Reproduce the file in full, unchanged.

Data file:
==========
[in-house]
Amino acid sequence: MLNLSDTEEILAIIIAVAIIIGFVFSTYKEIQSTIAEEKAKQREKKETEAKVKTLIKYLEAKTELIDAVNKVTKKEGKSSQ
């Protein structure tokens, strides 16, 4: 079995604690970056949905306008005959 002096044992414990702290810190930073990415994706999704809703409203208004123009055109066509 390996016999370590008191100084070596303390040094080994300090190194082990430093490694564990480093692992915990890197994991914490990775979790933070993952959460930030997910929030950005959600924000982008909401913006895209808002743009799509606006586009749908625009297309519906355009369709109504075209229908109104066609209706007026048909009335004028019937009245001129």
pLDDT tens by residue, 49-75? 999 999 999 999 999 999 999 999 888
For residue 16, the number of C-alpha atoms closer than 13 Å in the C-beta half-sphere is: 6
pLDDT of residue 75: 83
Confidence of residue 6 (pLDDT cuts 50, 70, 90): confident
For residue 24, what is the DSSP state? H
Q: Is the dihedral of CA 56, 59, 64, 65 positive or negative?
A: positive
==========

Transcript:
[in-house]
Amino acid sequence: MLNLSDTEEILAIIIAVAIIIGFVFSTYKEIQSTIAEEKAKQREKKETEAKVKTLIKYLEAKTELIDAVNKVTKKEGKSSQ
């Protein structure tokens, strides 16, 4: 079995604690970056949905306008005959 002096044992414990702290810190930073990415994706999704809703409203208004123009055109066509 390996016999370590008191100084070596303390040094080994300090190194082990430093490694564990480093692992915990890197994991914490990775979790933070993952959460930030997910929030950005959600924000982008909401913006895209808002743009799509606006586009749908625009297309519906355009369709109504075209229908109104066609209706007026048909009335004028019937009245001129």
pLDDT tens by residue, 49-75? 999 999 999 999 999 999 999 999 888
For residue 16, the number of C-alpha atoms closer than 13 Å in the C-beta half-sphere is: 6
pLDDT of residue 75: 83
Confidence of residue 6 (pLDDT cuts 50, 70, 90): confident
For residue 24, what is the DSSP state? H
Q: Is the dihedral of CA 56, 59, 64, 65 positive or negative?
A: positive